State of the Planet

News from the Columbia Climate School

The Columbia Geology Tour

  • Alma Mater’s Other Secret: a Way Forward on Climate

    Alma Mater’s Other Secret: a Way Forward on Climate

    Sitting on the iconic front steps of Low Library, Alma Mater rests on a plinth that offers a clue to a possible method of carbon sequestration, a vital technology for addressing our problem of too much CO2.

  • Watch Your Step: the Alpha Predator of the Ordovician

    Watch Your Step: the Alpha Predator of the Ordovician

    Frozen into the stone floor of a stairway landing, several flights up in Columbia’s Lewisohn Hall, sits a stark reminder of how life has evolved in the sea. Part 6 of the Columbia Geology Tour.

  • Orogenous Zones: How Rock Flows

    Orogenous Zones: How Rock Flows

    The architects of Columbia’s modern Northwest Tower, at the corner of Broadway and 120th Street, made good use of some beautiful stones. In their polished and swirling surfaces, they tell a story of the clash of continents and the processes by which mountains are made.

  • Seeing Red: The Great Oxygenation Event

    Seeing Red: The Great Oxygenation Event

    In Part 4 of the Columbia Geology Tour, David Walker of the Lamont-Doherty Earth Observatory explores the source of the red sandstone of Russell Hall at the Columbia Teachers College on 120th Street.

  • At the Corner of Mudd Hall, the Secret of Blue Quartz

    At the Corner of Mudd Hall, the Secret of Blue Quartz

    How did big crystals of blue quartz get locked into the pink granite of Mudd Hall? David Walker of the Lamont-Doherty Earth Observatory continues his Columbia Geology Tour.

  • Building Blocks from the Mississippian Sea

    Building Blocks from the Mississippian Sea

    The Columbia Geology Tour, Part 2: Take a trip back 350 million years to the shallow seas of the Mississippian that covered what is now the U.S. Midwest — source of the finely crafted limestone columns and facade details of St. Paul’s Chapel.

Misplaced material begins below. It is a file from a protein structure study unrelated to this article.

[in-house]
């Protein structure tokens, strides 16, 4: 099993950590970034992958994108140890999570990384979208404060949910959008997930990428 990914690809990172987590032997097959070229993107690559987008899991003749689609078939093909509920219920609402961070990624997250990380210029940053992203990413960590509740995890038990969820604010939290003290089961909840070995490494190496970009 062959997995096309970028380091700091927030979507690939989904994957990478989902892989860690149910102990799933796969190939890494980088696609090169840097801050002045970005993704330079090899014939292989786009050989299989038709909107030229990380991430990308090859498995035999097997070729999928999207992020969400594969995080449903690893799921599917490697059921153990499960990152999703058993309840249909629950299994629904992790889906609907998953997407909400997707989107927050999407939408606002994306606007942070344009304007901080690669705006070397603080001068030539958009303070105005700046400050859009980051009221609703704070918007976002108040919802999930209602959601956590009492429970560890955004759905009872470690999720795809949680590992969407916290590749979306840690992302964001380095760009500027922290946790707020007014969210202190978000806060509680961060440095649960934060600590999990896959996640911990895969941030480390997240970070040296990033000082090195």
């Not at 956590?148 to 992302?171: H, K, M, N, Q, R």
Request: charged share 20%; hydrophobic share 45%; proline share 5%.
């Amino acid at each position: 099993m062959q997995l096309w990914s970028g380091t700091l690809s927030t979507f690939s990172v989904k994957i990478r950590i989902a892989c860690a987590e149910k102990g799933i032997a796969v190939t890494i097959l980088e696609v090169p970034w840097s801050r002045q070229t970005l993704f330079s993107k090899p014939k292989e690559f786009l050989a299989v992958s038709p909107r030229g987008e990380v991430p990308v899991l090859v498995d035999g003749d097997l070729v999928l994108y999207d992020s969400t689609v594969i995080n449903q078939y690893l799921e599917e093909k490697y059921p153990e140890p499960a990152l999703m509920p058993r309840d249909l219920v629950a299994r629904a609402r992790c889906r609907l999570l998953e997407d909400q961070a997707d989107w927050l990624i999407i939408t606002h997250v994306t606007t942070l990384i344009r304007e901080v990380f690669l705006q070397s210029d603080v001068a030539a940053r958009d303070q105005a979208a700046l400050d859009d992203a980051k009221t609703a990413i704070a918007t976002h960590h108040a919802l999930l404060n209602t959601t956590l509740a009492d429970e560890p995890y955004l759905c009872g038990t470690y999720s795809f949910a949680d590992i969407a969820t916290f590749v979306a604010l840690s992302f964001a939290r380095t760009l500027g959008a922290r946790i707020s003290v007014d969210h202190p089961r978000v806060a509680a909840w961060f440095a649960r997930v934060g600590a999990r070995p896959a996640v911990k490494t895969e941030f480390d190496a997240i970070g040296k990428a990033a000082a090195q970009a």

• The Columbia Geology Tour: Stories in the Stones

    The Columbia Geology Tour: Stories in the Stones

    For the last decade or so, Columbia University geologist David Walker has led students and colleagues on a tour of the geologic gems hiding within Columbia’s campus. Along the way, Walker finds evidence of how life on Earth has evolved over 4.5 billion years.

Banner featuring a collage of extreme heat images.

Recent record-breaking heat waves have affected communities across the world. The Extreme Heat Workshop will bring together researchers and practitioners to advance the state of knowledge, identify community needs, and develop a framework for evaluating risks with a focus on climate justice. Register by June 15

  • Alma Mater’s Other Secret: a Way Forward on Climate

    Alma Mater’s Other Secret: a Way Forward on Climate

    Sitting on the iconic front steps of Low Library, Alma Mater rests on a plinth that offers a clue to a possible method of carbon sequestration, a vital technology for addressing our problem of too much CO2.

  • Watch Your Step: the Alpha Predator of the Ordovician

    Watch Your Step: the Alpha Predator of the Ordovician

    Frozen into the stone floor of a stairway landing, several flights up in Columbia’s Lewisohn Hall, sits a stark reminder of how life has evolved in the sea. Part 6 of the Columbia Geology Tour.

  • Orogenous Zones: How Rock Flows

    Orogenous Zones: How Rock Flows

    The architects of Columbia’s modern Northwest Tower, at the corner of Broadway and 120th Street, made good use of some beautiful stones. In their polished and swirling surfaces, they tell a story of the clash of continents and the processes by which mountains are made.

  • Seeing Red: The Great Oxygenation Event

    Seeing Red: The Great Oxygenation Event

    In Part 4 of the Columbia Geology Tour, David Walker of the Lamont-Doherty Earth Observatory explores the source of the red sandstone of Russell Hall at the Columbia Teachers College on 120th Street.

  • At the Corner of Mudd Hall, the Secret of Blue Quartz

    At the Corner of Mudd Hall, the Secret of Blue Quartz

    How did big crystals of blue quartz get locked into the pink granite of Mudd Hall? David Walker of the Lamont-Doherty Earth Observatory continues his Columbia Geology Tour.

  • Building Blocks from the Mississippian Sea

    Building Blocks from the Mississippian Sea

    The Columbia Geology Tour, Part 2: Take a trip back 350 million years to the shallow seas of the Mississippian that covered what is now the U.S. Midwest — source of the finely crafted limestone columns and facade details of St. Paul’s Chapel.

  • The Columbia Geology Tour: Stories in the Stones

    The Columbia Geology Tour: Stories in the Stones

    For the last decade or so, Columbia University geologist David Walker has led students and colleagues on a tour of the geologic gems hiding within Columbia’s campus. Along the way, Walker finds evidence of how life on Earth has evolved over 4.5 billion years.